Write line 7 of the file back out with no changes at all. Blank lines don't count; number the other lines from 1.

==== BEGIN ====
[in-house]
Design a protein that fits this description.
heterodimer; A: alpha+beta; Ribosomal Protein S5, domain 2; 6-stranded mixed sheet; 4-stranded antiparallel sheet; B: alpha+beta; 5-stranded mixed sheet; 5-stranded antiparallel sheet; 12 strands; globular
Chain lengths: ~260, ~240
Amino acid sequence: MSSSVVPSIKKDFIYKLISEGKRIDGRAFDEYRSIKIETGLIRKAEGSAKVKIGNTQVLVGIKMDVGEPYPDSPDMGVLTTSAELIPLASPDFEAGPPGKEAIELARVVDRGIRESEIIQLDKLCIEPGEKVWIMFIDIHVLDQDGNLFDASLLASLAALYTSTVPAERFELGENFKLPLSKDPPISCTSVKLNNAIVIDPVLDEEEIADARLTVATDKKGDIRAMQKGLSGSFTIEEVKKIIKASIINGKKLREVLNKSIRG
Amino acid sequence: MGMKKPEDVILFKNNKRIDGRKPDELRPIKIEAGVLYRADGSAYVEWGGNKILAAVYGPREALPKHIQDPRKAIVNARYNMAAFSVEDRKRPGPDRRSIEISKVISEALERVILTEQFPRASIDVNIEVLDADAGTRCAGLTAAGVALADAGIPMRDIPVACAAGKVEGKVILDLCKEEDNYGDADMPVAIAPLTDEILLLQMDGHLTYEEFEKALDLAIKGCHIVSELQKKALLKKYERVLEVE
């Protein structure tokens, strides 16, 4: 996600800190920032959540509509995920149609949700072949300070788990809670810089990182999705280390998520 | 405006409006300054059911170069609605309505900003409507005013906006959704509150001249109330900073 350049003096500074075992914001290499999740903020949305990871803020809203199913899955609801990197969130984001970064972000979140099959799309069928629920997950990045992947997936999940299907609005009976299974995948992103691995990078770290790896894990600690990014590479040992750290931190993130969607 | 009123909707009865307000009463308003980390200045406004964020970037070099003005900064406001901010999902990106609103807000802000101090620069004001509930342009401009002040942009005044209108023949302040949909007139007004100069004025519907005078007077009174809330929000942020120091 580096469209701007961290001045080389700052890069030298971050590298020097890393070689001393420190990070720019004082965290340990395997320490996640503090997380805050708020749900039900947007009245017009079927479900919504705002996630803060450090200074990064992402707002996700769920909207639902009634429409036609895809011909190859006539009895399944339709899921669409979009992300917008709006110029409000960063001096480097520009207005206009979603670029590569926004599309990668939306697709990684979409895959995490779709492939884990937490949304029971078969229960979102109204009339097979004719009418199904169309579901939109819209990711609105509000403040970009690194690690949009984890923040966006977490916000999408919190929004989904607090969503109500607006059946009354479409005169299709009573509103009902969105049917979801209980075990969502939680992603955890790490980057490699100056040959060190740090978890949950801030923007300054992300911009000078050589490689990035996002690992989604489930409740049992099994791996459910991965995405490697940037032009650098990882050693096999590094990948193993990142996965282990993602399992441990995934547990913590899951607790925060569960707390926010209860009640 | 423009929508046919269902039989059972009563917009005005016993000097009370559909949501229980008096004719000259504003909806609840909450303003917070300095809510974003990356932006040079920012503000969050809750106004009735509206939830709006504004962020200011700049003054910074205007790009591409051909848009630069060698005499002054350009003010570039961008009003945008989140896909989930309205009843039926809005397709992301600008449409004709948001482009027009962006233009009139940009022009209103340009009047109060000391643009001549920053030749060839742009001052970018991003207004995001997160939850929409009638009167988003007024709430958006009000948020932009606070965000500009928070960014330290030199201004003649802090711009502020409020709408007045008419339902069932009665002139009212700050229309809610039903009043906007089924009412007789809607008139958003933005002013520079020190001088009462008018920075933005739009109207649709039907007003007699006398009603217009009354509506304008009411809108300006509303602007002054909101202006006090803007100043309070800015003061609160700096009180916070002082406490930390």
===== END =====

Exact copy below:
């Protein structure tokens, strides 16, 4: 996600800190920032959540509509995920149609949700072949300070788990809670810089990182999705280390998520 | 405006409006300054059911170069609605309505900003409507005013906006959704509150001249109330900073 350049003096500074075992914001290499999740903020949305990871803020809203199913899955609801990197969130984001970064972000979140099959799309069928629920997950990045992947997936999940299907609005009976299974995948992103691995990078770290790896894990600690990014590479040992750290931190993130969607 | 009123909707009865307000009463308003980390200045406004964020970037070099003005900064406001901010999902990106609103807000802000101090620069004001509930342009401009002040942009005044209108023949302040949909007139007004100069004025519907005078007077009174809330929000942020120091 580096469209701007961290001045080389700052890069030298971050590298020097890393070689001393420190990070720019004082965290340990395997320490996640503090997380805050708020749900039900947007009245017009079927479900919504705002996630803060450090200074990064992402707002996700769920909207639902009634429409036609895809011909190859006539009895399944339709899921669409979009992300917008709006110029409000960063001096480097520009207005206009979603670029590569926004599309990668939306697709990684979409895959995490779709492939884990937490949304029971078969229960979102109204009339097979004719009418199904169309579901939109819209990711609105509000403040970009690194690690949009984890923040966006977490916000999408919190929004989904607090969503109500607006059946009354479409005169299709009573509103009902969105049917979801209980075990969502939680992603955890790490980057490699100056040959060190740090978890949950801030923007300054992300911009000078050589490689990035996002690992989604489930409740049992099994791996459910991965995405490697940037032009650098990882050693096999590094990948193993990142996965282990993602399992441990995934547990913590899951607790925060569960707390926010209860009640 | 423009929508046919269902039989059972009563917009005005016993000097009370559909949501229980008096004719000259504003909806609840909450303003917070300095809510974003990356932006040079920012503000969050809750106004009735509206939830709006504004962020200011700049003054910074205007790009591409051909848009630069060698005499002054350009003010570039961008009003945008989140896909989930309205009843039926809005397709992301600008449409004709948001482009027009962006233009009139940009022009209103340009009047109060000391643009001549920053030749060839742009001052970018991003207004995001997160939850929409009638009167988003007024709430958006009000948020932009606070965000500009928070960014330290030199201004003649802090711009502020409020709408007045008419339902069932009665002139009212700050229309809610039903009043906007089924009412007789809607008139958003933005002013520079020190001088009462008018920075933005739009109207649709039907007003007699006398009603217009009354509506304008009411809108300006509303602007002054909101202006006090803007100043309070800015003061609160700096009180916070002082406490930390």